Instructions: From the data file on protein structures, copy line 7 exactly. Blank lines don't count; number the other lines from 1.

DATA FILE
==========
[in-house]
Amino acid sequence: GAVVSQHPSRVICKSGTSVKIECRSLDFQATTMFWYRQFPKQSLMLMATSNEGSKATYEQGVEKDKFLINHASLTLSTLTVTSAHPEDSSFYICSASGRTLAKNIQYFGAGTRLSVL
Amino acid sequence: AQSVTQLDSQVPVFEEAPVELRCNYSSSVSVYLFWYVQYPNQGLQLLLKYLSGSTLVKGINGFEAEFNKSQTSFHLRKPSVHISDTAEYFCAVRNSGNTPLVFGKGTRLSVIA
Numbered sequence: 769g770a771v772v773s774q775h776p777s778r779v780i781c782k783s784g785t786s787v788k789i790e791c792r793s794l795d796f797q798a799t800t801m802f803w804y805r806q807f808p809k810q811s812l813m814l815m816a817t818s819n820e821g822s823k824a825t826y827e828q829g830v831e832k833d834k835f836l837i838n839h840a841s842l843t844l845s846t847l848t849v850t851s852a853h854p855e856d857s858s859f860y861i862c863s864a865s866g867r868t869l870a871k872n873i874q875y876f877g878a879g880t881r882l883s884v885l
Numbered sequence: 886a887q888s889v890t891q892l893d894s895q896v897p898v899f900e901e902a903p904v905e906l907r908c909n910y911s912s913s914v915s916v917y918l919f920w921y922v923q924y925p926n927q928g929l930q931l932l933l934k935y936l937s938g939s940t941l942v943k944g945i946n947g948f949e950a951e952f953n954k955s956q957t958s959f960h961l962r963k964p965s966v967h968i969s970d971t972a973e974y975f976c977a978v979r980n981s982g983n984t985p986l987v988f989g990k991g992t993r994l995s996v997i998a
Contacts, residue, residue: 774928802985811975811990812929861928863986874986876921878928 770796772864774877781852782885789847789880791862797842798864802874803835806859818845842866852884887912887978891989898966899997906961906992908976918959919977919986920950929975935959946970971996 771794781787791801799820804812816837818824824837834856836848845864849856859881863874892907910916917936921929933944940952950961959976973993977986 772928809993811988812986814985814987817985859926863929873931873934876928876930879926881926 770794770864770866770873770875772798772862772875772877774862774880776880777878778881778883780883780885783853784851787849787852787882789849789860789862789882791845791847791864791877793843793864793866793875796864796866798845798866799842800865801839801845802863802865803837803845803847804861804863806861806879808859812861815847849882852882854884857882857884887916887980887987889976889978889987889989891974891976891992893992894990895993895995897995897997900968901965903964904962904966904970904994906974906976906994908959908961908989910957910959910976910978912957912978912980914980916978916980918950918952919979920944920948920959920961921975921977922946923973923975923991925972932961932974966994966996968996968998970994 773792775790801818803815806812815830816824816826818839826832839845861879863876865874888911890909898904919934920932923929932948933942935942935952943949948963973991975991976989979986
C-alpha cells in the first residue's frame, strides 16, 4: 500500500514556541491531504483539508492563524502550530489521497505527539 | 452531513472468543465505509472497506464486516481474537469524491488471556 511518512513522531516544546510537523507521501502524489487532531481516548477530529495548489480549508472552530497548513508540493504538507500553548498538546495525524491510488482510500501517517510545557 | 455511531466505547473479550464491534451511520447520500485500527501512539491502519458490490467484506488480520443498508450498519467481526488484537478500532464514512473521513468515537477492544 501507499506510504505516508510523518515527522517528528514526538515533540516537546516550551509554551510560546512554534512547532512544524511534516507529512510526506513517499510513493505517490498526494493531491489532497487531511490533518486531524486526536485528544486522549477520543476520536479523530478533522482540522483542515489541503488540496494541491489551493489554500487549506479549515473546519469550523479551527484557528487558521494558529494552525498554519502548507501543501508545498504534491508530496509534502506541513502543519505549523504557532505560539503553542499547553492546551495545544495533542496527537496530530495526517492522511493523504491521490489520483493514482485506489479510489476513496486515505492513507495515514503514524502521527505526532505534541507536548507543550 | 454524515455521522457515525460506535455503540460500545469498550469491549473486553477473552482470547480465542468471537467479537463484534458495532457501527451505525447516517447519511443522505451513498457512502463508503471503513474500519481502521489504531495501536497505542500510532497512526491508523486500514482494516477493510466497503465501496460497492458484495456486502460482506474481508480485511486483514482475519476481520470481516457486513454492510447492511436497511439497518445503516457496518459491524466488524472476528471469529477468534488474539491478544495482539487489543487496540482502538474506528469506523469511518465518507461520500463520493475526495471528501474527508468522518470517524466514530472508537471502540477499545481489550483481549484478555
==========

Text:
C-alpha cells in the first residue's frame, strides 16, 4: 500500500514556541491531504483539508492563524502550530489521497505527539 | 452531513472468543465505509472497506464486516481474537469524491488471556 511518512513522531516544546510537523507521501502524489487532531481516548477530529495548489480549508472552530497548513508540493504538507500553548498538546495525524491510488482510500501517517510545557 | 455511531466505547473479550464491534451511520447520500485500527501512539491502519458490490467484506488480520443498508450498519467481526488484537478500532464514512473521513468515537477492544 501507499506510504505516508510523518515527522517528528514526538515533540516537546516550551509554551510560546512554534512547532512544524511534516507529512510526506513517499510513493505517490498526494493531491489532497487531511490533518486531524486526536485528544486522549477520543476520536479523530478533522482540522483542515489541503488540496494541491489551493489554500487549506479549515473546519469550523479551527484557528487558521494558529494552525498554519502548507501543501508545498504534491508530496509534502506541513502543519505549523504557532505560539503553542499547553492546551495545544495533542496527537496530530495526517492522511493523504491521490489520483493514482485506489479510489476513496486515505492513507495515514503514524502521527505526532505534541507536548507543550 | 454524515455521522457515525460506535455503540460500545469498550469491549473486553477473552482470547480465542468471537467479537463484534458495532457501527451505525447516517447519511443522505451513498457512502463508503471503513474500519481502521489504531495501536497505542500510532497512526491508523486500514482494516477493510466497503465501496460497492458484495456486502460482506474481508480485511486483514482475519476481520470481516457486513454492510447492511436497511439497518445503516457496518459491524466488524472476528471469529477468534488474539491478544495482539487489543487496540482502538474506528469506523469511518465518507461520500463520493475526495471528501474527508468522518470517524466514530472508537471502540477499545481489550483481549484478555